WSU economists forecast flat job growth in Kansas in 2017; state-led recession ‘potentially around the corner’

Chart showing percentage change in quarterly state revenues compared to pre-recession peak, Kansas vs. 50-state total. Source: Pew Charitable Trusts.

Economists at Wichita State University released a new economic forecast for Kansas on Wednesday, saying they expect employment to grow only half a percent in 2017.

“Unlike the U.S. economy, the Kansas economy may have reached its peak,” said Jeremy Hill, director of WSU’s Center for Economic Development and Business Research, which published the report. “There are now multiple signs of an economy that is losing steam. Although the forecast calls for employment growth at half of the rate over the past five years, increased caution should be added as a state-led recession is potentially around the corner.”

That would be disappointing on many levels, most notably among people out there looking for jobs. But it’s also a dark omen for the Kansas Legislature, which needs to put together a tax package that can produce revenues that grow over time in order to fund regular increases to public schools.

Here’s the first problem: The state of Kansas gets the bulk of all the money it spends from three sources of revenue: income taxes, both individual and corporate; sales taxes; and property taxes.

Nearly all of the property taxes that the state raises, the statewide 20-mill levy, goes directly to public schools. And in the last fiscal year, income and sales taxes accounted for 85 percent of all the other taxes the state collected for its general fund.

Here’s the second problem: None of those revenue sources has been growing at the kind of rate needed to sustain long-term growth in the cost of government services, particularly education services.

The WSU report came out the same day that the Pew Charitable Trusts issued a report showing that total revenue in most states dipped in the second and third quarters of 2016, but still exceeded their pre-Great Recession peaks. But as the chart below shows, total revenue in Kansas has never caught up to that peak set in the first quarter of 2008.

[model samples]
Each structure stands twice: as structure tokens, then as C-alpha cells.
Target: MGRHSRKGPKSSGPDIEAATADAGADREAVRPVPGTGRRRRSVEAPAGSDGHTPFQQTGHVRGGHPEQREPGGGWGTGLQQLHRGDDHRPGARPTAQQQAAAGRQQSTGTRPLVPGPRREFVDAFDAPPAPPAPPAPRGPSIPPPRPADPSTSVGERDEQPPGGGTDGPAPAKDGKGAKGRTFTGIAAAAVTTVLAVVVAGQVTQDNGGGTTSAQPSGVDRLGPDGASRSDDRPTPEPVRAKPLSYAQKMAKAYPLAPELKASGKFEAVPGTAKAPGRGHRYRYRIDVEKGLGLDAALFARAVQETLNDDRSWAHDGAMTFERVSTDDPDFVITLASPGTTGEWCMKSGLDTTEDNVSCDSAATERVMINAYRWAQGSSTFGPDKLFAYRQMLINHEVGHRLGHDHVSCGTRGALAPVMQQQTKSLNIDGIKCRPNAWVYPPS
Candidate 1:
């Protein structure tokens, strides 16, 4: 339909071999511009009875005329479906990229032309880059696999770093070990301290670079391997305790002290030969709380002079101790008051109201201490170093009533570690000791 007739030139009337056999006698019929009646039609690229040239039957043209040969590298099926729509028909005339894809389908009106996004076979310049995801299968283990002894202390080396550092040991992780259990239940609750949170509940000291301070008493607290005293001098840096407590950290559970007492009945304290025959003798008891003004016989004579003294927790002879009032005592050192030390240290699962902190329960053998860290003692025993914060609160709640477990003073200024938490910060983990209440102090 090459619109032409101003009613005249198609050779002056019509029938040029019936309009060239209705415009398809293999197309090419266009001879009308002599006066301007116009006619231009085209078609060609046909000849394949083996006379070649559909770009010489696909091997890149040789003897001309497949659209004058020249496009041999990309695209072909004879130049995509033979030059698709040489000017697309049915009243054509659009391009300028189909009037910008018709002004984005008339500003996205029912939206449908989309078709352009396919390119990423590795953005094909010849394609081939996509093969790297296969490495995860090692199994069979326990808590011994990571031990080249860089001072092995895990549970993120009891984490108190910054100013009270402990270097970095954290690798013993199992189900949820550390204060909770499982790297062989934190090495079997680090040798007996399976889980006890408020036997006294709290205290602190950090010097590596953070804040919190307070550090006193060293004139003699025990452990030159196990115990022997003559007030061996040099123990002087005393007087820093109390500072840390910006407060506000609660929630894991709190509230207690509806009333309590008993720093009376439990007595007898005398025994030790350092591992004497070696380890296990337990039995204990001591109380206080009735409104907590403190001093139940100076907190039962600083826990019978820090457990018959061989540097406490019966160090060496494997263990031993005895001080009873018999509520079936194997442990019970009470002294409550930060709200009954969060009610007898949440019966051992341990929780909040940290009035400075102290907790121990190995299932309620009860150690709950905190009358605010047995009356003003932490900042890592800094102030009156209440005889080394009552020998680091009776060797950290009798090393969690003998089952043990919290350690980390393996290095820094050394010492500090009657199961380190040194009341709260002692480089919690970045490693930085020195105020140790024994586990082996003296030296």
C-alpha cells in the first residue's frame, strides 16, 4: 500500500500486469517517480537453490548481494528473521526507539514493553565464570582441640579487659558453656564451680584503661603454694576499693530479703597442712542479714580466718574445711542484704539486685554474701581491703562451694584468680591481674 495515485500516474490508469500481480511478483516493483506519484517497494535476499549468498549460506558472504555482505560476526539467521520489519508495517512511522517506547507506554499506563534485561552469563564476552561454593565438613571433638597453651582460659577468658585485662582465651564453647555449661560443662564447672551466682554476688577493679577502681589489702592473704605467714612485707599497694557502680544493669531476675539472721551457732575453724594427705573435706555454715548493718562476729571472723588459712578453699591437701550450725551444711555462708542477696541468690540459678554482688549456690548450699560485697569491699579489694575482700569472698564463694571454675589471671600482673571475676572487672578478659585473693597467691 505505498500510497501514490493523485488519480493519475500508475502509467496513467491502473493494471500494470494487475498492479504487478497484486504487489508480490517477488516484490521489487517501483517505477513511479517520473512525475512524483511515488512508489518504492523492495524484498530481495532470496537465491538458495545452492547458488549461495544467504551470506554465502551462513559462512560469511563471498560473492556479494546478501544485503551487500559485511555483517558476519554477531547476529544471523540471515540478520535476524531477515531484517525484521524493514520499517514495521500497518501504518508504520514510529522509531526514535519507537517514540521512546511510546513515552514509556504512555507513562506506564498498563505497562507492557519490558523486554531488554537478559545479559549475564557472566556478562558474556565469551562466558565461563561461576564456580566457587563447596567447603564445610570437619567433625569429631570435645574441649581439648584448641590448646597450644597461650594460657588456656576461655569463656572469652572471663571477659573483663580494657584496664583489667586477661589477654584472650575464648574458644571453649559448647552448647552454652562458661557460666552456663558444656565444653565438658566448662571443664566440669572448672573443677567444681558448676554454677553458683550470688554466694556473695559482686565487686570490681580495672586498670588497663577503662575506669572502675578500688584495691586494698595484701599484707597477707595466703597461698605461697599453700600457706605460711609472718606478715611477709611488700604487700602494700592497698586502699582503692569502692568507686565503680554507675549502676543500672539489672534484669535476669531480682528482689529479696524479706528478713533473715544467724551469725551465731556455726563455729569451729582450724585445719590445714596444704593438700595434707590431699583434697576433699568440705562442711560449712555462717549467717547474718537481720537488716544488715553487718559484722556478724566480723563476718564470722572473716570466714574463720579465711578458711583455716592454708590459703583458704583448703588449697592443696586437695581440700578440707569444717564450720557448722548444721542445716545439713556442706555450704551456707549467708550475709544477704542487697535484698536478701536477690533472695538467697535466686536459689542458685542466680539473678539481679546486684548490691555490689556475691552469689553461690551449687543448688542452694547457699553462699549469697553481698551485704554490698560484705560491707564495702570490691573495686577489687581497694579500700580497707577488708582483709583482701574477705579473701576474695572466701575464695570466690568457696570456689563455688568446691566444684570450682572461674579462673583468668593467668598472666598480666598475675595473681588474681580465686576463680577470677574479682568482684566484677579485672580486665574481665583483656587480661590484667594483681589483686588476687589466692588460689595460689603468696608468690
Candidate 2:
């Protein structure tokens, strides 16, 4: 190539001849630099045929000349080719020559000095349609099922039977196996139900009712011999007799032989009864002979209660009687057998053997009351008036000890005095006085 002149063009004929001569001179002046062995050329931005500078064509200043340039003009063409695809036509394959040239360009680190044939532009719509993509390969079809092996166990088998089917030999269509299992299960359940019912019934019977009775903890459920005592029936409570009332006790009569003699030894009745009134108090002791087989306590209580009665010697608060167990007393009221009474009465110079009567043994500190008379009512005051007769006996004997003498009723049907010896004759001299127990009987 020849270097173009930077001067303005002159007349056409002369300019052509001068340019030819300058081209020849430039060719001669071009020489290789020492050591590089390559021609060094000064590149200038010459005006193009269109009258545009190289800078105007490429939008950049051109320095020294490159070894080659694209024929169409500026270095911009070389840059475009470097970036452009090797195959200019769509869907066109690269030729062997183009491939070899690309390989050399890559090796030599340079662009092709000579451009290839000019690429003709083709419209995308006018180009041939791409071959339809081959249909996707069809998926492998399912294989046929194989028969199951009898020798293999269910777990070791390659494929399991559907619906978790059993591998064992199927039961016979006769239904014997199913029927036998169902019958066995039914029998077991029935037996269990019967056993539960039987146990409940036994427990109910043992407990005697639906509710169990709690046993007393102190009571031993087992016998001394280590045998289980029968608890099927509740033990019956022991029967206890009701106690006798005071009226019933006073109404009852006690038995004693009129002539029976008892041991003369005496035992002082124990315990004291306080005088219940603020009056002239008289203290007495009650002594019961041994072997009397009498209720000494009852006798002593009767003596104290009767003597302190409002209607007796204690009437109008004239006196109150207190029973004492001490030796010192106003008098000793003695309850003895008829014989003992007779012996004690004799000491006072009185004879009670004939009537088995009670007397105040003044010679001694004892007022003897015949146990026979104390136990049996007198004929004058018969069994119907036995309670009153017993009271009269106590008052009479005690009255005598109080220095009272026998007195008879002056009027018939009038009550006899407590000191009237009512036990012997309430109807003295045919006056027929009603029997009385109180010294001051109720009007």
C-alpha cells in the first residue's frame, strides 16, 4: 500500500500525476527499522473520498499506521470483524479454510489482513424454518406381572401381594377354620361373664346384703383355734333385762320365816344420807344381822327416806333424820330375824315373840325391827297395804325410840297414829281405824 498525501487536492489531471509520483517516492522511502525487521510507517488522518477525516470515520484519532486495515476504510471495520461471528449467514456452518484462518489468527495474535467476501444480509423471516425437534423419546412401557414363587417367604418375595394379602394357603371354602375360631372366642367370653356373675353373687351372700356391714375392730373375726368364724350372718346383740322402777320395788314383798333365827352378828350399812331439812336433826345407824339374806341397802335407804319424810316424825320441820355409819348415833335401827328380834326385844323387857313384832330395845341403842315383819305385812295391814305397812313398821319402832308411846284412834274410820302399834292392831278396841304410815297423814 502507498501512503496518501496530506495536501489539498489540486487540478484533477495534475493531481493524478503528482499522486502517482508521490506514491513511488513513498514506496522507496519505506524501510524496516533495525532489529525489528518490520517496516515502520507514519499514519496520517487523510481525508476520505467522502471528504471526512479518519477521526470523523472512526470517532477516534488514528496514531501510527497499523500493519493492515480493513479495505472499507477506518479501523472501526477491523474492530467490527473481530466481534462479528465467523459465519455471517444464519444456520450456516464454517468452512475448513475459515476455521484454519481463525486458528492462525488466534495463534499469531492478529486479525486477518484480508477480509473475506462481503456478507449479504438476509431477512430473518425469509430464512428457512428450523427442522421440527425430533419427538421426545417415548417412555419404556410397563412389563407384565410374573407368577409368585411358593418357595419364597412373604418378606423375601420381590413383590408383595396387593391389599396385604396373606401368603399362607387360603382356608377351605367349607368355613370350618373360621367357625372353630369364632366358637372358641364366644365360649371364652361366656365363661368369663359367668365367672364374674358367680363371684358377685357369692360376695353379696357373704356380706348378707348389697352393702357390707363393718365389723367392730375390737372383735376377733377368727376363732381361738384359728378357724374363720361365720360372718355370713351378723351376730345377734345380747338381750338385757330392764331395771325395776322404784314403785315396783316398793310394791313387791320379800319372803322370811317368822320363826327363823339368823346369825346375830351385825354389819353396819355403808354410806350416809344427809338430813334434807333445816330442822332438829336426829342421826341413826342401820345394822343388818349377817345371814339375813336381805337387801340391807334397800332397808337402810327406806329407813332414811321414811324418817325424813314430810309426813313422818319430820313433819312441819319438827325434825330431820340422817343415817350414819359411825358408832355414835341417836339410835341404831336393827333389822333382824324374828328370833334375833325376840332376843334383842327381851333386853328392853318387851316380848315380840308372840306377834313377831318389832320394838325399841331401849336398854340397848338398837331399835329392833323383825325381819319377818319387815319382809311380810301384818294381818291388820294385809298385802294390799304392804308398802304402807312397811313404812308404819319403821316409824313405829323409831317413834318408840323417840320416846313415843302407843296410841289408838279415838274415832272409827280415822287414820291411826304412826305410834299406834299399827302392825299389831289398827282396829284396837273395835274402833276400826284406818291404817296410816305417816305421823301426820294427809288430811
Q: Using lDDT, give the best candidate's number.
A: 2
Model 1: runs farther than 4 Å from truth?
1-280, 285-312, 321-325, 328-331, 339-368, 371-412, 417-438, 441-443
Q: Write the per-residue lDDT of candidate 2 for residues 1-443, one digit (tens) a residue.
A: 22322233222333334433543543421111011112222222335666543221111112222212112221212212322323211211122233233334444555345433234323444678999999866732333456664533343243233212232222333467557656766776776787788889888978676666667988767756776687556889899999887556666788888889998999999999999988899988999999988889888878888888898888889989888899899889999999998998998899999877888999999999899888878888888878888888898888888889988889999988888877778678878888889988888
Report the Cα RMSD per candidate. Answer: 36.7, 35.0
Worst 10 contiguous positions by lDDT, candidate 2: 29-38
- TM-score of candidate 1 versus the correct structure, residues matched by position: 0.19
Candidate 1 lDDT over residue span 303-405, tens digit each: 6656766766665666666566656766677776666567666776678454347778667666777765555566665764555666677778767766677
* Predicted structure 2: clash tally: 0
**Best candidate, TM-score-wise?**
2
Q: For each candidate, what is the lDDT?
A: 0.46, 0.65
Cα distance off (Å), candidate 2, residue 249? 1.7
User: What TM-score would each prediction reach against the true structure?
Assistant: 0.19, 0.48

State budget officials have been telling lawmakers for months that sales taxes have been basically flat for the last couple of years and are expected to remain flat into the foreseeable future.

That’s due to a lot of things — people avoiding sales taxes by shopping online or across the state border; and general “deflation” in the price of consumer goods that the state levies its sales tax on, which in turn is probably due to the increasingly global nature of the world’s economy and the outsourcing of manufacturing to low-wage countries.

That’s one of the reasons that Sen. Jim Denning, R-Overland Park, cited Wednesday when he proposed levying a fee on monthly utility bills. But even if that were to pass, that too is a revenue stream that will only grow as the population grows, and that’s something else that’s been kind of stagnant in Kansas.

But it’s also the reason why lawmakers are now considering extending the sales tax to certain parts of the service sector, the one fastest growing sector of the economy, and the sector that WSU says will outpace all the others in job growth this year.

Meanwhile, according to data from the Kansas Department of Revenue’s Property Valuation Division, assessed real estate values in Kansas have grown only about 3 percent a year, on average, for the last three years. That is, however, an improvement over the 1.3 percent growth in 2013 and 0.6 percent growth in 2012.

Much of that growth, it should be noted has been attributable to Johnson and Douglas counties. Most of the rest of Kansas has seen flat or declining property value, especially in rural areas where oil and gas production account for a large part of their property valuation base.

So, absent any kind of real estate “boom” on the horizon, which appears unlikely, or a reversal in the downward trend in the price of consumer goods, which is also unlikely, Kansas needs steady and sustained growth in the one major revenue stream left: income taxes.

And that’s why the WSU forecast, if accurate, portends problems for state government.